259 F.3d 1140 (9th Cir. 2001), 00-10013, United States v. Aquino

Docket Nº00-10013
Citation259 F.3d 1140
Case DateAugust 08, 2001
CourtUnited States Courts of Appeals, Court of Appeals for the Ninth Circuit

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259 F.3d 1140 (9th Cir. 2001)




No. 00-10013

United States Court of Appeals, Ninth Circuit

August 8, 2001

Submission Vacated May 8, 2001 Argued and Submitted November 13, 2000--San Francisco, California

Submission Vacated May 8, 2001

Resubmitted June 8, 2001

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Counsel Michael A. Rotker (argued), Assistant United States Attorney, San Francisco, California, and Lisa Simotas, Criminal Division,

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U.S. Department of Justice, Washington, D.C., for the plaintiff-appellant.

Steven Kalar (argued), Assistant Public Defender, San Francisco, California, for the defendant-appellee.

Appeal from the United States District Court for the Northern District of California Vaughn R. Walker, District Judge, Presiding D.C. No. CV-99-00307-VRW

Before: Alex Kozinski, Michael Daly Hawkins, and Marsha S. Berzon, Circuit Judges.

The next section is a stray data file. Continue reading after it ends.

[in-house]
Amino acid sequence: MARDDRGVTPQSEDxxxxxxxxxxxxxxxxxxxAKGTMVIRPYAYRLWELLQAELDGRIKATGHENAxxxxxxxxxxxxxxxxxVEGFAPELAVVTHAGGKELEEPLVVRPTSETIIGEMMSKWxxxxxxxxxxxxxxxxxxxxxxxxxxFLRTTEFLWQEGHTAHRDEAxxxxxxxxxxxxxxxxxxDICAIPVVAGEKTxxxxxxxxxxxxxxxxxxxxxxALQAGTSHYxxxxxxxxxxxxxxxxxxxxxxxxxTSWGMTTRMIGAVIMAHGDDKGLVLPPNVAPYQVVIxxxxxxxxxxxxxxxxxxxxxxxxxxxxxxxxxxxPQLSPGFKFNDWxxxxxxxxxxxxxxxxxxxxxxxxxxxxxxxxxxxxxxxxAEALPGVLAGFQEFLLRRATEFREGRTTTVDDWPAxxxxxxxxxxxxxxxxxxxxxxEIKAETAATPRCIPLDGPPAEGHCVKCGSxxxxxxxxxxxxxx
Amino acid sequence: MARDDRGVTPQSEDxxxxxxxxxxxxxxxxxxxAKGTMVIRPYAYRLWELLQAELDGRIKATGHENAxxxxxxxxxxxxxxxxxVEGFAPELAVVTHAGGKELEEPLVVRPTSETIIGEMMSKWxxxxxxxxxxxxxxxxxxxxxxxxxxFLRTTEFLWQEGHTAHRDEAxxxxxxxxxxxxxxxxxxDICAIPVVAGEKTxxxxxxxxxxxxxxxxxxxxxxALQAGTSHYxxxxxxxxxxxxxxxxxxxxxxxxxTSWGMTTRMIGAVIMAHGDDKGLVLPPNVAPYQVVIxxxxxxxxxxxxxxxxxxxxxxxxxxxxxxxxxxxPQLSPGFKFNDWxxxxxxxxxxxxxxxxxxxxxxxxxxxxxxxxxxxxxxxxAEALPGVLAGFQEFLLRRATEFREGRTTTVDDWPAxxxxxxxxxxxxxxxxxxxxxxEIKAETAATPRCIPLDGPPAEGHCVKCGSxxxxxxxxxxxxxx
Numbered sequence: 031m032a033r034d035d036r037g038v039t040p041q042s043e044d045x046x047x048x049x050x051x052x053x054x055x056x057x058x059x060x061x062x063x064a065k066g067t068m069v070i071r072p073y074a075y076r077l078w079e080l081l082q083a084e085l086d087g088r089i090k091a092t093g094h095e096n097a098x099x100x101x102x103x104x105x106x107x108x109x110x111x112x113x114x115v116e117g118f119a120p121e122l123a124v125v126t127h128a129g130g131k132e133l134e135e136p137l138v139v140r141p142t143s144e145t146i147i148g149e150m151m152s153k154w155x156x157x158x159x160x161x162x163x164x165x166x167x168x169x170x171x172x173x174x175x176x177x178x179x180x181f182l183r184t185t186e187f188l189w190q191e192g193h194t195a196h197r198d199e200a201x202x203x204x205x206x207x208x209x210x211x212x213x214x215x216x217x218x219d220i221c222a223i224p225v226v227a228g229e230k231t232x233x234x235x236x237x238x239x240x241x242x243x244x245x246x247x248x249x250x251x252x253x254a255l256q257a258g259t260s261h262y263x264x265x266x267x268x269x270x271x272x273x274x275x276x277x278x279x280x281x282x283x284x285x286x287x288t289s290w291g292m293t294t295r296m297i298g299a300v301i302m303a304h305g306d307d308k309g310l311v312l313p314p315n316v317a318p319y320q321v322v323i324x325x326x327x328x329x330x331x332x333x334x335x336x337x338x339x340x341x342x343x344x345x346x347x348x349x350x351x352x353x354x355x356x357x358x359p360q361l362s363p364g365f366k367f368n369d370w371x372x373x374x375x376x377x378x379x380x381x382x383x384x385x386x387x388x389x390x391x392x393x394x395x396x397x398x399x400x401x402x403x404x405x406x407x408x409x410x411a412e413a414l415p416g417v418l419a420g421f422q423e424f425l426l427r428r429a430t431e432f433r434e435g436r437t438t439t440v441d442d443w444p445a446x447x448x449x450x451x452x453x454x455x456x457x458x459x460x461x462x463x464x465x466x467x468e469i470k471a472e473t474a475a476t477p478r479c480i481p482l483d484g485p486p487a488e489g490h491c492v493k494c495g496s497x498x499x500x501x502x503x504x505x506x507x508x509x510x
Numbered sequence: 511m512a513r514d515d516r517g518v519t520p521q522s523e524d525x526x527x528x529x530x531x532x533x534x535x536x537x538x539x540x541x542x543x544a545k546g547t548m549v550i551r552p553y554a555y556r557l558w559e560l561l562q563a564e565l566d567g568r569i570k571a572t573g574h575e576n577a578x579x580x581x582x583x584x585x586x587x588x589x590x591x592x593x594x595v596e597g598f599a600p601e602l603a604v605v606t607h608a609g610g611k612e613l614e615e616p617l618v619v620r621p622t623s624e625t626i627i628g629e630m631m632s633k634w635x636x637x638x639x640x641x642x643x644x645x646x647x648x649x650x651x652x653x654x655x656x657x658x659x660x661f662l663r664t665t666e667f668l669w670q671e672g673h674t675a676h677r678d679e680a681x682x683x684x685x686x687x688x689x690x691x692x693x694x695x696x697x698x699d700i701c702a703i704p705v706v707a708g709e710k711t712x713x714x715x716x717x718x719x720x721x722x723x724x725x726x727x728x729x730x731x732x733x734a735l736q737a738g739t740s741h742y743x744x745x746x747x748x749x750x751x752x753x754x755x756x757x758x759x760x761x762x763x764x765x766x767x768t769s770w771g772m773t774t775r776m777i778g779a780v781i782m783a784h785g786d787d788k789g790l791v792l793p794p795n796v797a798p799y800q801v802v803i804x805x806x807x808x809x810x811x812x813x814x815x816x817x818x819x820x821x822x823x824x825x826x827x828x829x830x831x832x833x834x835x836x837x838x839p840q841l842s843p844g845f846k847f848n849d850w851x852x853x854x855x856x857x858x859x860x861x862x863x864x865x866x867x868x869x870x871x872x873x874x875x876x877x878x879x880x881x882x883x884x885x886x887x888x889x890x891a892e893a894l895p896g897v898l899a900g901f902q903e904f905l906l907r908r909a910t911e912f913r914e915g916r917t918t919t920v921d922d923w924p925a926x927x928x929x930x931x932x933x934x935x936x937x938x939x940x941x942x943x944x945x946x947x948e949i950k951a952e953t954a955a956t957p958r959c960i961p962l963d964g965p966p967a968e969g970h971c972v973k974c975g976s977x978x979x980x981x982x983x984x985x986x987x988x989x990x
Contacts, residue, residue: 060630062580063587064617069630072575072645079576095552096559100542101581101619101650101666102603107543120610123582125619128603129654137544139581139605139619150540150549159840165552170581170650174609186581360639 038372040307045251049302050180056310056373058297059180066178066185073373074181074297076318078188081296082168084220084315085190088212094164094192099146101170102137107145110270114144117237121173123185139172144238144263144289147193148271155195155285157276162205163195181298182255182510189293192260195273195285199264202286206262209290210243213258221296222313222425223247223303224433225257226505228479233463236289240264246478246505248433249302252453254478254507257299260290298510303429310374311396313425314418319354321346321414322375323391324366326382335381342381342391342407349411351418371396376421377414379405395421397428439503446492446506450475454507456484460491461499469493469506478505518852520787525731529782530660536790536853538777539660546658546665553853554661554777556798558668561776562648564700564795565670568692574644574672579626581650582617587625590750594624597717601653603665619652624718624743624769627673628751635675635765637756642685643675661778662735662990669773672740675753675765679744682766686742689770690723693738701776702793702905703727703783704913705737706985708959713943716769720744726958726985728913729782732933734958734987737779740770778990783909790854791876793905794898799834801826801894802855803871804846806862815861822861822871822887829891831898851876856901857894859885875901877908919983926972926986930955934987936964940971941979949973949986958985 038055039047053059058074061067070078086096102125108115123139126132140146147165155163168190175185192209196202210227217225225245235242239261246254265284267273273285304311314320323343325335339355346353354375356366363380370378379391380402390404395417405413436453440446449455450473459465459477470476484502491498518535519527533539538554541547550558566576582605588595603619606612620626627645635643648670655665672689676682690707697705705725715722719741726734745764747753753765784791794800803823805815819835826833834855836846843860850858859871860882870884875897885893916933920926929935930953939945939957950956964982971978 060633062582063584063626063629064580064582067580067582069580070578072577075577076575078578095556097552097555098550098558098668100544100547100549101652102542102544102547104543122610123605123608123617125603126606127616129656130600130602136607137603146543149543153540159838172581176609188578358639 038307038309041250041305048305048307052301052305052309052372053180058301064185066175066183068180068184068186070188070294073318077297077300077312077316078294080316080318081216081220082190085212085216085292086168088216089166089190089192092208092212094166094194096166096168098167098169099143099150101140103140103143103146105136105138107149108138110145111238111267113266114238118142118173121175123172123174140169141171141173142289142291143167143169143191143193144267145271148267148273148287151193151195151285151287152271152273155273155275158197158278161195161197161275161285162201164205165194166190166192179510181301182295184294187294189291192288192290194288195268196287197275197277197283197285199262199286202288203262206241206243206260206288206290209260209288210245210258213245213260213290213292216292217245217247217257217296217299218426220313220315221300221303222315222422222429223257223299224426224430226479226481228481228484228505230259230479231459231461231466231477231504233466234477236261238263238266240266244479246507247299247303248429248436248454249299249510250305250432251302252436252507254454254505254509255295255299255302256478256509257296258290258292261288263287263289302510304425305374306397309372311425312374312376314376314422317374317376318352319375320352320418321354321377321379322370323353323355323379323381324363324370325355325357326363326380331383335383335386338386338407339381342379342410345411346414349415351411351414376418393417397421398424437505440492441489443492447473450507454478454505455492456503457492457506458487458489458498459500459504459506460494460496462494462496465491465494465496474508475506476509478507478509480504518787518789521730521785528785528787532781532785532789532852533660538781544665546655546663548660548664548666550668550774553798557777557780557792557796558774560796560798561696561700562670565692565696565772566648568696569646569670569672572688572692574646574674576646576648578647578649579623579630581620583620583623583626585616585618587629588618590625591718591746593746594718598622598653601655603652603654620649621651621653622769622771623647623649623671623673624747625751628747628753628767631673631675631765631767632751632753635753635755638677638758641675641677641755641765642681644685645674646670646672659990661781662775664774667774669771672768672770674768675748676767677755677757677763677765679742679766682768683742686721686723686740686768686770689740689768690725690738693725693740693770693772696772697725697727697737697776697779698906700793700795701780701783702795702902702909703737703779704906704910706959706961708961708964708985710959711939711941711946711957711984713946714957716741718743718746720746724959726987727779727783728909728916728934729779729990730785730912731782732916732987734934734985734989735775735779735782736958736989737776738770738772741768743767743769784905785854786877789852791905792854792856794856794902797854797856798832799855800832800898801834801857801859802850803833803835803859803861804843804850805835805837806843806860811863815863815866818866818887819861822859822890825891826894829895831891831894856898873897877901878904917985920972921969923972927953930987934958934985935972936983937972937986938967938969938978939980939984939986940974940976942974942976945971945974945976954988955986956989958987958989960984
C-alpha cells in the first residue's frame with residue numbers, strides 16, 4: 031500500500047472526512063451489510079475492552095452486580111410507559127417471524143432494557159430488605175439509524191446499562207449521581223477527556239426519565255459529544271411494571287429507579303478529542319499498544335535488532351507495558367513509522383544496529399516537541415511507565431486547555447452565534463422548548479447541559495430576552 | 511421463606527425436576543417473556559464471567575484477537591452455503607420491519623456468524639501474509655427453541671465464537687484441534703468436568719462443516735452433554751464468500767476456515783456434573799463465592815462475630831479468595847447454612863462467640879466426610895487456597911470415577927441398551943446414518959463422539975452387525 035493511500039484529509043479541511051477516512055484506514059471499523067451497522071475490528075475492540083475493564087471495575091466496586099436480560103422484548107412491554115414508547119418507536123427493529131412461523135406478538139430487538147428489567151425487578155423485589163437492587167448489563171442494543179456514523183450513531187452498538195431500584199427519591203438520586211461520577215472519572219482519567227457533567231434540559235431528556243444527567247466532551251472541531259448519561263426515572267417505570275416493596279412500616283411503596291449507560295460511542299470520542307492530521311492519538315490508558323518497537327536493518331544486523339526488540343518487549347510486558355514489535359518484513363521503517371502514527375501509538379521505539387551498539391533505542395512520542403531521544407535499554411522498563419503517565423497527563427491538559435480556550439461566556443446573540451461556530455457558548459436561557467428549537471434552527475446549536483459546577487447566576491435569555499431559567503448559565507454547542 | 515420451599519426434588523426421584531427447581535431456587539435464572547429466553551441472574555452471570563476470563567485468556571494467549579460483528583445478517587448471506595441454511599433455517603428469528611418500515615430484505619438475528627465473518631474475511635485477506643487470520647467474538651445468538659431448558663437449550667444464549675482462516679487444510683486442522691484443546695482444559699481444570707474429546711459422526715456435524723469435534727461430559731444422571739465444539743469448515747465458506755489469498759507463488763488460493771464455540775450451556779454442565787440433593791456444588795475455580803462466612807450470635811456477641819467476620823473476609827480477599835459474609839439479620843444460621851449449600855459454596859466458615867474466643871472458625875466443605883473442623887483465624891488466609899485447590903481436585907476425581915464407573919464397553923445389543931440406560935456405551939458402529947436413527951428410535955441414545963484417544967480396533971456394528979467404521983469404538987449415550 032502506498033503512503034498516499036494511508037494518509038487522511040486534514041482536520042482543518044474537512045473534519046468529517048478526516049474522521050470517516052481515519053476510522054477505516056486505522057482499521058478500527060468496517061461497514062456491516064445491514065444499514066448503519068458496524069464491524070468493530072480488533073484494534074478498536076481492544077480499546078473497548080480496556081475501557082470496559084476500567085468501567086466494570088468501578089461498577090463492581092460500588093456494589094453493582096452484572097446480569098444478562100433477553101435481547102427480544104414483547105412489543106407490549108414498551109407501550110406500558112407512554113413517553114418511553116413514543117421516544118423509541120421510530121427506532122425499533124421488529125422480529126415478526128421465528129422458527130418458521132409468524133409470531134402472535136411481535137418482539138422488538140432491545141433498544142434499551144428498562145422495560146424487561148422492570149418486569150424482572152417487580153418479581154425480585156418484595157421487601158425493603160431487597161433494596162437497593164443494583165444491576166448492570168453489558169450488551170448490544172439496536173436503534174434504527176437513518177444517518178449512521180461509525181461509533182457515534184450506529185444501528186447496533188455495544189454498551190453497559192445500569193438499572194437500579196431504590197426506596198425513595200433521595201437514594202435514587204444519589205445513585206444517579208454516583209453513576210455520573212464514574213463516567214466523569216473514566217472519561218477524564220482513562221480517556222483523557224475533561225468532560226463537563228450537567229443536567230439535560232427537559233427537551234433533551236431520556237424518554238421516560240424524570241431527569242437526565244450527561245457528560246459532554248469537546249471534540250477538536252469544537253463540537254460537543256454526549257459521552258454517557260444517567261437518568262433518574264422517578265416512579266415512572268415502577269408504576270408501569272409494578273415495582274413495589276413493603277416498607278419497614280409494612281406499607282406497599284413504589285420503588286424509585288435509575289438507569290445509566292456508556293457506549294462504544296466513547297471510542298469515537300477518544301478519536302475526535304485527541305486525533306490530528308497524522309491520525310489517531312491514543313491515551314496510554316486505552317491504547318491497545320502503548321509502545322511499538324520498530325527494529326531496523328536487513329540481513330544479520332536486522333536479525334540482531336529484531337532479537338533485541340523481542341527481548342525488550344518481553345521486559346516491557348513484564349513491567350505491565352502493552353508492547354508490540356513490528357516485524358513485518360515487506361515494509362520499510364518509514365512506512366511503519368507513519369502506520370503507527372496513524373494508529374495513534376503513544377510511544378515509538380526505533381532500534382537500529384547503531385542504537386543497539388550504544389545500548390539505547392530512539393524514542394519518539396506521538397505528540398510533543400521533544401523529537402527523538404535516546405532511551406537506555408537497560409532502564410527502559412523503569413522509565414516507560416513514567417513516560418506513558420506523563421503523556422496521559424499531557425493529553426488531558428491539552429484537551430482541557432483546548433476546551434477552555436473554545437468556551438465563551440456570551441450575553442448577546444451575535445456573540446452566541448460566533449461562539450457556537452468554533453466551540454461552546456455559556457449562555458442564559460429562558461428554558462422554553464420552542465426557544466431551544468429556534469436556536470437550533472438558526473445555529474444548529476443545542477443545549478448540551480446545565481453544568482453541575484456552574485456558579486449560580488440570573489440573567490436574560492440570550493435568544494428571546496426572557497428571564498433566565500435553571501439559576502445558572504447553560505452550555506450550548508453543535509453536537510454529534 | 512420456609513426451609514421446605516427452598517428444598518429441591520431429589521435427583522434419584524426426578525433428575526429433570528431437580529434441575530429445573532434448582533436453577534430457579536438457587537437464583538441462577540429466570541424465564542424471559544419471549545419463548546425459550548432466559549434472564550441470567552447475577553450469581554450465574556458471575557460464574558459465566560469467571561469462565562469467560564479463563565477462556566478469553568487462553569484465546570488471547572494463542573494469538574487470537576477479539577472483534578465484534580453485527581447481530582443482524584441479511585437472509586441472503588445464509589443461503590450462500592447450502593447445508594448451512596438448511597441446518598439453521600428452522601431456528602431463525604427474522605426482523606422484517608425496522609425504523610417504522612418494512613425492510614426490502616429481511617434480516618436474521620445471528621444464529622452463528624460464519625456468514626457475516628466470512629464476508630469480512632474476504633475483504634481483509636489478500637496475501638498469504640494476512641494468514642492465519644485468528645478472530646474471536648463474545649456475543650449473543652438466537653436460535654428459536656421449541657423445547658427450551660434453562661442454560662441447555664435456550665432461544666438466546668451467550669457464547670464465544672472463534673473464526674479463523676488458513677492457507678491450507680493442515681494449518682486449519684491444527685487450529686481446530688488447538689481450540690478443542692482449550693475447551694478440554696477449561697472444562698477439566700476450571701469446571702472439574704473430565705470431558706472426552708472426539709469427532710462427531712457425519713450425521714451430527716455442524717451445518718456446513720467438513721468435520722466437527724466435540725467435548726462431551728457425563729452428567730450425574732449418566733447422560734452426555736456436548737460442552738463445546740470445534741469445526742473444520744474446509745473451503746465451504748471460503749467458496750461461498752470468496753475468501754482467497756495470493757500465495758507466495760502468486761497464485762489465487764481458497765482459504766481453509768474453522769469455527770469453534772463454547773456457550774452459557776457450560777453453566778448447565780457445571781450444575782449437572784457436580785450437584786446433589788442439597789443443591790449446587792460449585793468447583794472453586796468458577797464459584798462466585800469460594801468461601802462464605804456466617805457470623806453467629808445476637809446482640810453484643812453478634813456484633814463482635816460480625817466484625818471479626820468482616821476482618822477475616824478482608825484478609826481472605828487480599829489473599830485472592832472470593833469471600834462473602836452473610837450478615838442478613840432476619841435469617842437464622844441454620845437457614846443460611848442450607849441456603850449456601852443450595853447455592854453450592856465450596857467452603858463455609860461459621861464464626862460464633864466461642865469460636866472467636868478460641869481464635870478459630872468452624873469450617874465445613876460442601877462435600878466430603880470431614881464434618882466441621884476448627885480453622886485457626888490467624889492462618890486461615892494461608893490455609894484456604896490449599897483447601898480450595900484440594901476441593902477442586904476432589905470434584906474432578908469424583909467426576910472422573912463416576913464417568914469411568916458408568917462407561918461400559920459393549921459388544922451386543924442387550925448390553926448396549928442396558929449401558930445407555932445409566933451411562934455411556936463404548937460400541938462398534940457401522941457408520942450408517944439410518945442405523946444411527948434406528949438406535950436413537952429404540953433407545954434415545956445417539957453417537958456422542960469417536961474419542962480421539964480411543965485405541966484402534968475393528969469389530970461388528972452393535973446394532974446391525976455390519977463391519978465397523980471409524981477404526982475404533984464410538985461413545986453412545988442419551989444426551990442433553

Opinion by Judge Hawkins; Dissent by Judge Kozinski

The government appeals Miguel Trinidad-Aquino's sentence for illegally re-entering the United States following deportation, a violation of 8 U.S.C. §§ 1326. We are asked to decide whether Trinidad-Aquino should have received a sixteen-level increase in base offense level under Sentencing Guidelines §§ 2L1.2(b)(1)(A) because he was previously deported after conviction for an "aggravated felony." The answer turns on a question of law: does a California conviction for driving under the influence of alcohol with injury to another constitute a "crime of violence" as defined at 18 U.S.C. §§ 16?


In October 1999, Trinidad-Aquino pled guilty to illegally re-entering the United States following deportation in violation of 8 U.S.C. §§ 1326. His plea was made without a government plea agreement.

Sentencing for violation of §§ 1326 is controlled by Sentencing Guidelines §§ 2L1.2, which provides a sixteen-level increase in base offense level if the defendant was previously deported after conviction for an "aggravated felony." The government argued to the district court at sentencing that Trinidad-Aquino met this standard and should receive the increase.